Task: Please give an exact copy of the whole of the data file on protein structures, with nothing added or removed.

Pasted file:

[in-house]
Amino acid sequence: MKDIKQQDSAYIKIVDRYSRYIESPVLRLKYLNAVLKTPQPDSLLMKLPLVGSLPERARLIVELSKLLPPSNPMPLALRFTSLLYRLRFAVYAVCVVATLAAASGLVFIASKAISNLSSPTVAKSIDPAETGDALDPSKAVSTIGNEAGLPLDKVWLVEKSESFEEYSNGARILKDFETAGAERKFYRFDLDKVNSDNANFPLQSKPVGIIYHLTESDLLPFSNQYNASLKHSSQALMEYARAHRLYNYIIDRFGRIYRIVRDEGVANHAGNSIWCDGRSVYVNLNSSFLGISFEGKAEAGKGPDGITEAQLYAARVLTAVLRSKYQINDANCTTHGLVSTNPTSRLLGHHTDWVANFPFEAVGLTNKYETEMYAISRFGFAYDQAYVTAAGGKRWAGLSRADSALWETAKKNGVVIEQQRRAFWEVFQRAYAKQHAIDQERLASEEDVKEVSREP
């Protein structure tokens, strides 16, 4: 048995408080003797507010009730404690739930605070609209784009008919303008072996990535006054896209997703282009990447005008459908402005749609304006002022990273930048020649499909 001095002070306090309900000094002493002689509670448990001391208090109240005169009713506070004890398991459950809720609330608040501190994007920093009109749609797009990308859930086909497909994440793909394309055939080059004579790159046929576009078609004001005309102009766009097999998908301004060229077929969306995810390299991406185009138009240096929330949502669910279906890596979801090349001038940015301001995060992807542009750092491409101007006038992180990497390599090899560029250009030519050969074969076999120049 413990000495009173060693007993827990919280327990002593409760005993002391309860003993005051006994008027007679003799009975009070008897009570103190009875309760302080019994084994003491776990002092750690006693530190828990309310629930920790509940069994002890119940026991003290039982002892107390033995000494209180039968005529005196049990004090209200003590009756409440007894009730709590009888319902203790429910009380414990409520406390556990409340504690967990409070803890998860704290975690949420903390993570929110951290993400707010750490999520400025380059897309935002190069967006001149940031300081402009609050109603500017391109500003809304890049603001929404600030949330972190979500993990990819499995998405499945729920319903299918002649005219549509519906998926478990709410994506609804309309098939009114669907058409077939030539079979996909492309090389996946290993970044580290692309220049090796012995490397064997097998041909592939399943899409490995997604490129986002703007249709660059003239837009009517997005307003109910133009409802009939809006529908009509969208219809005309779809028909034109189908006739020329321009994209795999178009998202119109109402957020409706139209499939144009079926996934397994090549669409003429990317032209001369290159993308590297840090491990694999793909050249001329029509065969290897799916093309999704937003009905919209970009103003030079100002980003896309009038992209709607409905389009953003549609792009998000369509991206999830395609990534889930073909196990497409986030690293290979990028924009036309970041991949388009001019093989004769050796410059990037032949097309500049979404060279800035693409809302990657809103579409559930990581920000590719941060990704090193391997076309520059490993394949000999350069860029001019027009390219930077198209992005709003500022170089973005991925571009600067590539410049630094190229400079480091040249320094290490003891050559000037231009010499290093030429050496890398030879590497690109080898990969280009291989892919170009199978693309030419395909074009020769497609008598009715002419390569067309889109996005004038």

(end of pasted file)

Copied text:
[in-house]
Amino acid sequence: MKDIKQQDSAYIKIVDRYSRYIESPVLRLKYLNAVLKTPQPDSLLMKLPLVGSLPERARLIVELSKLLPPSNPMPLALRFTSLLYRLRFAVYAVCVVATLAAASGLVFIASKAISNLSSPTVAKSIDPAETGDALDPSKAVSTIGNEAGLPLDKVWLVEKSESFEEYSNGARILKDFETAGAERKFYRFDLDKVNSDNANFPLQSKPVGIIYHLTESDLLPFSNQYNASLKHSSQALMEYARAHRLYNYIIDRFGRIYRIVRDEGVANHAGNSIWCDGRSVYVNLNSSFLGISFEGKAEAGKGPDGITEAQLYAARVLTAVLRSKYQINDANCTTHGLVSTNPTSRLLGHHTDWVANFPFEAVGLTNKYETEMYAISRFGFAYDQAYVTAAGGKRWAGLSRADSALWETAKKNGVVIEQQRRAFWEVFQRAYAKQHAIDQERLASEEDVKEVSREP
């Protein structure tokens, strides 16, 4: 048995408080003797507010009730404690739930605070609209784009008919303008072996990535006054896209997703282009990447005008459908402005749609304006002022990273930048020649499909 001095002070306090309900000094002493002689509670448990001391208090109240005169009713506070004890398991459950809720609330608040501190994007920093009109749609797009990308859930086909497909994440793909394309055939080059004579790159046929576009078609004001005309102009766009097999998908301004060229077929969306995810390299991406185009138009240096929330949502669910279906890596979801090349001038940015301001995060992807542009750092491409101007006038992180990497390599090899560029250009030519050969074969076999120049 413990000495009173060693007993827990919280327990002593409760005993002391309860003993005051006994008027007679003799009975009070008897009570103190009875309760302080019994084994003491776990002092750690006693530190828990309310629930920790509940069994002890119940026991003290039982002892107390033995000494209180039968005529005196049990004090209200003590009756409440007894009730709590009888319902203790429910009380414990409520406390556990409340504690967990409070803890998860704290975690949420903390993570929110951290993400707010750490999520400025380059897309935002190069967006001149940031300081402009609050109603500017391109500003809304890049603001929404600030949330972190979500993990990819499995998405499945729920319903299918002649005219549509519906998926478990709410994506609804309309098939009114669907058409077939030539079979996909492309090389996946290993970044580290692309220049090796012995490397064997097998041909592939399943899409490995997604490129986002703007249709660059003239837009009517997005307003109910133009409802009939809006529908009509969208219809005309779809028909034109189908006739020329321009994209795999178009998202119109109402957020409706139209499939144009079926996934397994090549669409003429990317032209001369290159993308590297840090491990694999793909050249001329029509065969290897799916093309999704937003009905919209970009103003030079100002980003896309009038992209709607409905389009953003549609792009998000369509991206999830395609990534889930073909196990497409986030690293290979990028924009036309970041991949388009001019093989004769050796410059990037032949097309500049979404060279800035693409809302990657809103579409559930990581920000590719941060990704090193391997076309520059490993394949000999350069860029001019027009390219930077198209992005709003500022170089973005991925571009600067590539410049630094190229400079480091040249320094290490003891050559000037231009010499290093030429050496890398030879590497690109080898990969280009291989892919170009199978693309030419395909074009020769497609008598009715002419390569067309889109996005004038």